After spending 15 years doing essentially the same hour of stand-up comedy, Louis C.K. decided to throw it all out and start over. Not just once, but every year. It's the comedy method that birthed the universally acclaimed "Louie" and skyrocketed C.K. to the status of comedy legend.
So who's idea was that?
It turns out that another comedy legend is responsible for fixing C.K.'s act: George "Seven Words You Can Never Say on Television" Carlin. In the video below taken at a 2010 tribute to Carlin that was just uploaded to YouTube, you can hear 10 minutes of C.K. talking about the profound effect Carlin had on him as a child and throughout his comedy career.
Things get emotional as C.K. discusses the most despereate parts of his career, including performing comedy in a Chinese restaurant to a begrudgingly captive audience, and how he wished he could be like Carlin and do new albums and specials every year -- all of them brilliant. It wasn't until much later in his career that C.K. would get the important advice from Carlin to throw out all of his material every year and start fresh:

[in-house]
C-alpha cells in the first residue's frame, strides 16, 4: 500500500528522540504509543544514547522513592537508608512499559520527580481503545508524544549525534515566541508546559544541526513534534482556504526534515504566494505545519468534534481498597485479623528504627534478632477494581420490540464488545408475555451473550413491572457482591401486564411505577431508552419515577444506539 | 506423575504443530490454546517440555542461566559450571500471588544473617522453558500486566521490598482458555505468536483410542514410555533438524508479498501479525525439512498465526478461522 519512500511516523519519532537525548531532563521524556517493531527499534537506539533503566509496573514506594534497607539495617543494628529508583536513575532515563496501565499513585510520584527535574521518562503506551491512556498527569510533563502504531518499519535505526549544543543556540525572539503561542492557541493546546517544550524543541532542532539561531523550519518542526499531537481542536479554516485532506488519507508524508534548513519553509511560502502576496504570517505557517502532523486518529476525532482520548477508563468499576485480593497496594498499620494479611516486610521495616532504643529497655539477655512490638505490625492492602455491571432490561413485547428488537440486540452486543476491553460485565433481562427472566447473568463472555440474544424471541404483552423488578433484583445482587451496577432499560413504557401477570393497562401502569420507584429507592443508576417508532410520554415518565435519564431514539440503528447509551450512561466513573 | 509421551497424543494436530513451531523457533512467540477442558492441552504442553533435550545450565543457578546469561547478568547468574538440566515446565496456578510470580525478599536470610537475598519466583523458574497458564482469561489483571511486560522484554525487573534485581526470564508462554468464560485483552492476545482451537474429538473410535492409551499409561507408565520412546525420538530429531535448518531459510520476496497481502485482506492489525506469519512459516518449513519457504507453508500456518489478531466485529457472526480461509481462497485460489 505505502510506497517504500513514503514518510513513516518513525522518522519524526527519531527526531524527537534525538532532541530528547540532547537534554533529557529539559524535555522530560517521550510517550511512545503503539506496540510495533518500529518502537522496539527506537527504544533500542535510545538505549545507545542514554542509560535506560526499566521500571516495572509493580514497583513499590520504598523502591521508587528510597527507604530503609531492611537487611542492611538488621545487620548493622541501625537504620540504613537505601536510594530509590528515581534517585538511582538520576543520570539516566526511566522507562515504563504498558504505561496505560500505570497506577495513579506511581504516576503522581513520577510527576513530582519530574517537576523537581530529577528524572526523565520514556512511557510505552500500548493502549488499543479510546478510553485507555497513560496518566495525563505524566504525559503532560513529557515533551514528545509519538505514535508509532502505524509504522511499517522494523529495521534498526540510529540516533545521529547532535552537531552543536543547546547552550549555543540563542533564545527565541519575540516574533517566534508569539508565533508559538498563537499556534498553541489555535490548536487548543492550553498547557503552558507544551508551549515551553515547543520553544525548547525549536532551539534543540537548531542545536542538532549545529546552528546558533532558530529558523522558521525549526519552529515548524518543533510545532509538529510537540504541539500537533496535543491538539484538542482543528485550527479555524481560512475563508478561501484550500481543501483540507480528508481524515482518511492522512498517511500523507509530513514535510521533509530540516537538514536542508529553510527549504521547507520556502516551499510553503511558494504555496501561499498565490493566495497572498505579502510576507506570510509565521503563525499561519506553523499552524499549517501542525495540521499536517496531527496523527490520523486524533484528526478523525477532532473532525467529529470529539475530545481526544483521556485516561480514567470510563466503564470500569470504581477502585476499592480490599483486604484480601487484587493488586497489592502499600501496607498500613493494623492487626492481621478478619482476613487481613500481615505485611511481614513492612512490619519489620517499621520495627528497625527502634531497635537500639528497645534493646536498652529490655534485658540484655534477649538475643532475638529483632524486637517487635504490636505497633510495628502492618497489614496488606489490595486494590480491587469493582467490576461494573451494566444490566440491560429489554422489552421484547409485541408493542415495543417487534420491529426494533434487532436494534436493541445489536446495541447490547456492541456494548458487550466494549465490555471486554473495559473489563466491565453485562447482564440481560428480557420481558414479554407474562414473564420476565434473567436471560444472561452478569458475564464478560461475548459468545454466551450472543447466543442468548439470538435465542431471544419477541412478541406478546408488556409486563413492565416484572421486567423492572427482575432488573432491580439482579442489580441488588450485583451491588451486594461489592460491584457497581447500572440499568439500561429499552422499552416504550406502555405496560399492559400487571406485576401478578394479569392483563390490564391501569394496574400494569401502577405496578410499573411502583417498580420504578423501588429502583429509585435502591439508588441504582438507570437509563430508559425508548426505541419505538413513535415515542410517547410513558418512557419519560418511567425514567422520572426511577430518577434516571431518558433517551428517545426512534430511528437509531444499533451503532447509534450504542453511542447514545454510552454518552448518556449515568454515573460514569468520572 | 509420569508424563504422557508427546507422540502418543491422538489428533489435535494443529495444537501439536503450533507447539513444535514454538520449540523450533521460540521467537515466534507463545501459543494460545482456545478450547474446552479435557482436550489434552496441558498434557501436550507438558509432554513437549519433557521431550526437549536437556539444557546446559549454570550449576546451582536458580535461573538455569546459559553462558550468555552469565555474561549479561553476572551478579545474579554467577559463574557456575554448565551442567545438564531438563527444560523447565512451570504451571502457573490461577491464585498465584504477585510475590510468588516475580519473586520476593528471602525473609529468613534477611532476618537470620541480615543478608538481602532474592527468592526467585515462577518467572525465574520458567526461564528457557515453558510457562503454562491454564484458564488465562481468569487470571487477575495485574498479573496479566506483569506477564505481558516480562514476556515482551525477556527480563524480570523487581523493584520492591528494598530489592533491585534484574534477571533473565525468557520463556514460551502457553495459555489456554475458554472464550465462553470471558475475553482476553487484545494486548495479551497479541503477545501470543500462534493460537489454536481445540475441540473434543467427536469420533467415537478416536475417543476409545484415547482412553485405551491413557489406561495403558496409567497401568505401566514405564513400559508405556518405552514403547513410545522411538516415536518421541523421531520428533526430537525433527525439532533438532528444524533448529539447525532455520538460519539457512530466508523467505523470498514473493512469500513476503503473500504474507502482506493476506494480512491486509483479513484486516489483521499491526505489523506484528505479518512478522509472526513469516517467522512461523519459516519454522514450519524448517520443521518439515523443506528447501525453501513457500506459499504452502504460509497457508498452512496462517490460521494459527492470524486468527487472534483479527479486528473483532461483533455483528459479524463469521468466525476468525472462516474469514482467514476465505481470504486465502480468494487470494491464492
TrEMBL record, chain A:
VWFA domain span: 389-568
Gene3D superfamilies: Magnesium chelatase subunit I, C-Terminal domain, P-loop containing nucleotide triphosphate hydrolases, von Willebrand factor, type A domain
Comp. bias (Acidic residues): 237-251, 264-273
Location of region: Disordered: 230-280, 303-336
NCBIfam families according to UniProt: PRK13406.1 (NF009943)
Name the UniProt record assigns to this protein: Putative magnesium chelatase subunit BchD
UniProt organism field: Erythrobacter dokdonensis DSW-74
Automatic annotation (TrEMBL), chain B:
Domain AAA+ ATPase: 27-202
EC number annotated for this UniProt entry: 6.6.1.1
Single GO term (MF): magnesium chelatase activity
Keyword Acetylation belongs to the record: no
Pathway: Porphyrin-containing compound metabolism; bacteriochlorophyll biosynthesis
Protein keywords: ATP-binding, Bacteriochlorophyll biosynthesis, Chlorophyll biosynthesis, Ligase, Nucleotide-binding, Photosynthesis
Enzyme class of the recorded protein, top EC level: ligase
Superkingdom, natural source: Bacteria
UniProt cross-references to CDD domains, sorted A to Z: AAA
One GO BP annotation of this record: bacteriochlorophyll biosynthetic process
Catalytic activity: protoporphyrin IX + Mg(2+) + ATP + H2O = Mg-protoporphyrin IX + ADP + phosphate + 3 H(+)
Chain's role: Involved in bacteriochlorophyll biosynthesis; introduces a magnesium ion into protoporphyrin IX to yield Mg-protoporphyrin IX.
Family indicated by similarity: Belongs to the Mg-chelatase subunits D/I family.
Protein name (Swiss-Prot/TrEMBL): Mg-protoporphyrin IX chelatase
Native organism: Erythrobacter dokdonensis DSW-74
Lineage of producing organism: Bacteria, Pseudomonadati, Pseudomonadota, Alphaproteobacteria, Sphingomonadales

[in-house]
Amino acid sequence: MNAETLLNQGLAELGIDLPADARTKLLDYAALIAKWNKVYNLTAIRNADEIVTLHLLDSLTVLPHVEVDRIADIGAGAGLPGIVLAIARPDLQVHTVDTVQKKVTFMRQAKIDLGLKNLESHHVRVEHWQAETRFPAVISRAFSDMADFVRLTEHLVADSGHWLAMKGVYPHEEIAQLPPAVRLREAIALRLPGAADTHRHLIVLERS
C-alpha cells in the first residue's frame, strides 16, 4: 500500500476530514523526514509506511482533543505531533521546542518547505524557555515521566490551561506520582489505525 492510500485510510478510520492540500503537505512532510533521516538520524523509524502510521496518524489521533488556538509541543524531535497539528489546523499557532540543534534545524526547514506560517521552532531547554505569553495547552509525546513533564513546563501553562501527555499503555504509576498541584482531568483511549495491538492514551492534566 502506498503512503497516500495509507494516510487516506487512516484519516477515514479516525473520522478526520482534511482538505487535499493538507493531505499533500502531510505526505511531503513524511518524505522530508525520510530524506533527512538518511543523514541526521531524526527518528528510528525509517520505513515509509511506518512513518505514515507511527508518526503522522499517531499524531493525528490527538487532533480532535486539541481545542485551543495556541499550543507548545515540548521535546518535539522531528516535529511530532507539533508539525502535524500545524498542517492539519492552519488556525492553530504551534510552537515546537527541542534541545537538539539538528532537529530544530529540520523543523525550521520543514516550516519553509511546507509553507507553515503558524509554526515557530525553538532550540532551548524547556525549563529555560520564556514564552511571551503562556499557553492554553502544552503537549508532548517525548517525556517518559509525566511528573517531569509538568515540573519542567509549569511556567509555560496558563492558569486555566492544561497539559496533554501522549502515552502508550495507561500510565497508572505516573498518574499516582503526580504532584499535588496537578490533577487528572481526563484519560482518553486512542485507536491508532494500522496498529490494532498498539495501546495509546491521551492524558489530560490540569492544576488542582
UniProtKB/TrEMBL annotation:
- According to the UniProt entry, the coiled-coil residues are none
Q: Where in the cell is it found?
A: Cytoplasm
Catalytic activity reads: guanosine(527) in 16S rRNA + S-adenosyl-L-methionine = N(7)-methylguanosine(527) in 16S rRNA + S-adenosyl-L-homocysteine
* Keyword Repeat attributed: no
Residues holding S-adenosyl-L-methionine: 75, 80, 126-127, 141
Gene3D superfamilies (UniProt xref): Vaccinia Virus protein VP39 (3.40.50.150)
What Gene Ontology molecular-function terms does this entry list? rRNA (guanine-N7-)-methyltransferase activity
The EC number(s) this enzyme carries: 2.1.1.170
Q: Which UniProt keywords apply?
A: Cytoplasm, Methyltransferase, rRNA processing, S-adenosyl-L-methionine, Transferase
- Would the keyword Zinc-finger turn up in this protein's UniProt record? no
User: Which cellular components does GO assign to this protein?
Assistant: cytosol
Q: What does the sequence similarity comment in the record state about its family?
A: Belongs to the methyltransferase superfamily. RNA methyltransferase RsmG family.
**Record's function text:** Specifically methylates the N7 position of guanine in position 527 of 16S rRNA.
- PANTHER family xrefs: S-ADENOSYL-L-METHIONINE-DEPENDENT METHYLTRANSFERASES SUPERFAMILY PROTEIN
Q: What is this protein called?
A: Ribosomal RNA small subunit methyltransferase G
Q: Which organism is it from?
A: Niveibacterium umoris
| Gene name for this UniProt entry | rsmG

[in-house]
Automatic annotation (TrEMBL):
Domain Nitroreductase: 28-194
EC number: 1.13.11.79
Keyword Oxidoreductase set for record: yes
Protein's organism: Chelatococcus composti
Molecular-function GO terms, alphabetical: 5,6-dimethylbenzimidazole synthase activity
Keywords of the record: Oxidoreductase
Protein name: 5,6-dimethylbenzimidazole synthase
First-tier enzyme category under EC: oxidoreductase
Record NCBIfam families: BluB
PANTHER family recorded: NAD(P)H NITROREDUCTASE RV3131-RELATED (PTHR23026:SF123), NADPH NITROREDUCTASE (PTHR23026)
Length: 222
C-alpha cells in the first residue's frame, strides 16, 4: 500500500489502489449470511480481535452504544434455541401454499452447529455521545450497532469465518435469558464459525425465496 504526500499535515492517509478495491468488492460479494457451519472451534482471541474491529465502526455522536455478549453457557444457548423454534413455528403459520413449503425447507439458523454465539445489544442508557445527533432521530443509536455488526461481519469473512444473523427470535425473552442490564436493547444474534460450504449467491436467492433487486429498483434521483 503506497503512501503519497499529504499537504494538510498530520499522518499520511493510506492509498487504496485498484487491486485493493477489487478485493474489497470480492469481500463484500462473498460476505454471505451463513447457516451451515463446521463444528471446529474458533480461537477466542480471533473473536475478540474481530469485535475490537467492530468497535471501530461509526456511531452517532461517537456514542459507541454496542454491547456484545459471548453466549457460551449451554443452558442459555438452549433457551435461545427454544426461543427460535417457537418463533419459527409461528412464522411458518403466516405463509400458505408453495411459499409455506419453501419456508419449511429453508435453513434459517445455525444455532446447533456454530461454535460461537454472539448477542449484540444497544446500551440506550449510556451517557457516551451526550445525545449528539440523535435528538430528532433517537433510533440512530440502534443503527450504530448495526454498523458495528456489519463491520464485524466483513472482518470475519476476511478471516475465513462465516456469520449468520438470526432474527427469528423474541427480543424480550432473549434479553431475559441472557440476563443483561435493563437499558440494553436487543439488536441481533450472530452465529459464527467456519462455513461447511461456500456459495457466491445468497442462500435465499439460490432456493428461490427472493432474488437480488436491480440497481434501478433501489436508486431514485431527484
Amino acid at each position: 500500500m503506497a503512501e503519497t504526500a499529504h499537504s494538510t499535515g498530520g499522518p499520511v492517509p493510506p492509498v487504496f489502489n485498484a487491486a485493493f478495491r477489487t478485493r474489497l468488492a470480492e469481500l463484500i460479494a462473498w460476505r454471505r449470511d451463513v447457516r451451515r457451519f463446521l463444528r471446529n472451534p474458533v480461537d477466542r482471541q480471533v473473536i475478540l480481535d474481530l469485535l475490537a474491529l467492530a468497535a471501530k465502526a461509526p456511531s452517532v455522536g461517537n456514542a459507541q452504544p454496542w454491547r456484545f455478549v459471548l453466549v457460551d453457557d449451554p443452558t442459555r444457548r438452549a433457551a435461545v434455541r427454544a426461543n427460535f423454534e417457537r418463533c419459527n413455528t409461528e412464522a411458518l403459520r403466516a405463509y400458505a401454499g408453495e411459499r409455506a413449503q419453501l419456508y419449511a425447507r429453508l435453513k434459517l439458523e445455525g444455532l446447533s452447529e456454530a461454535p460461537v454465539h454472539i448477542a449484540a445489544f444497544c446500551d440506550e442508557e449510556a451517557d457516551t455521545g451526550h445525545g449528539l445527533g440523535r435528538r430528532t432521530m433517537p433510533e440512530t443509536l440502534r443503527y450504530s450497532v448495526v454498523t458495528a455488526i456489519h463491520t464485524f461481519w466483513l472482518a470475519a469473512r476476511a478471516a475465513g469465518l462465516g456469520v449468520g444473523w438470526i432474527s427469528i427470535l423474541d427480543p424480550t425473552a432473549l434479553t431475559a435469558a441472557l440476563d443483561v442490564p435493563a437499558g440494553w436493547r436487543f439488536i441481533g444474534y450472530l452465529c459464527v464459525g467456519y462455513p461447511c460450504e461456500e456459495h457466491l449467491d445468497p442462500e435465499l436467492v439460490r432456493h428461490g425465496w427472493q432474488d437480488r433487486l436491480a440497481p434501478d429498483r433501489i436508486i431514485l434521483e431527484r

"He gave me the courage to try," C.K. said. "And I thought, well OK, when you're done telling jokes about airplanes and dogs and you throw those away, what do you have left? You can only dig deeper, start talking about your feelings and who you are."
Watch the full clip below to hear the rest of Carlin's impact on Louis, who gives him full credit for turning his act around and obviously misses his mentor dearly.
"I'm doing exactly what he taught me to do," C.K. said.
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